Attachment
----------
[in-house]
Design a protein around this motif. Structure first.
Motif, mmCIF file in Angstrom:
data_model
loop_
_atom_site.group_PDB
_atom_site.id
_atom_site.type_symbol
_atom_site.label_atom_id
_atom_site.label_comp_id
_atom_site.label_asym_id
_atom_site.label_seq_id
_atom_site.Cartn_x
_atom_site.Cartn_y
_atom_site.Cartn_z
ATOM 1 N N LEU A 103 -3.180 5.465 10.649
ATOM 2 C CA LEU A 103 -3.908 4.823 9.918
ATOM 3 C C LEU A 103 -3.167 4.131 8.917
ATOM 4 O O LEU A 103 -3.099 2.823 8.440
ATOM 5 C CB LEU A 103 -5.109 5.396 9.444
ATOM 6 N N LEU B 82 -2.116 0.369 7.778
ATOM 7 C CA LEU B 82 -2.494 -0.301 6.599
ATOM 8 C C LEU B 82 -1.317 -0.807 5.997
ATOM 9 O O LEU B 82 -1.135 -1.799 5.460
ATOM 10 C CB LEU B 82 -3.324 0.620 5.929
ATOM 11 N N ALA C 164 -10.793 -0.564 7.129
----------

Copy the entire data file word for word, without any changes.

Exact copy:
[in-house]
Design a protein around this motif. Structure first.
Motif, mmCIF file in Angstrom:
data_model
loop_
_atom_site.group_PDB
_atom_site.id
_atom_site.type_symbol
_atom_site.label_atom_id
_atom_site.label_comp_id
_atom_site.label_asym_id
_atom_site.label_seq_id
_atom_site.Cartn_x
_atom_site.Cartn_y
_atom_site.Cartn_z
ATOM 1 N N LEU A 103 -3.180 5.465 10.649
ATOM 2 C CA LEU A 103 -3.908 4.823 9.918
ATOM 3 C C LEU A 103 -3.167 4.131 8.917
ATOM 4 O O LEU A 103 -3.099 2.823 8.440
ATOM 5 C CB LEU A 103 -5.109 5.396 9.444
ATOM 6 N N LEU B 82 -2.116 0.369 7.778
ATOM 7 C CA LEU B 82 -2.494 -0.301 6.599
ATOM 8 C C LEU B 82 -1.317 -0.807 5.997
ATOM 9 O O LEU B 82 -1.135 -1.799 5.460
ATOM 10 C CB LEU B 82 -3.324 0.620 5.929
ATOM 11 N N ALA C 164 -10.793 -0.564 7.129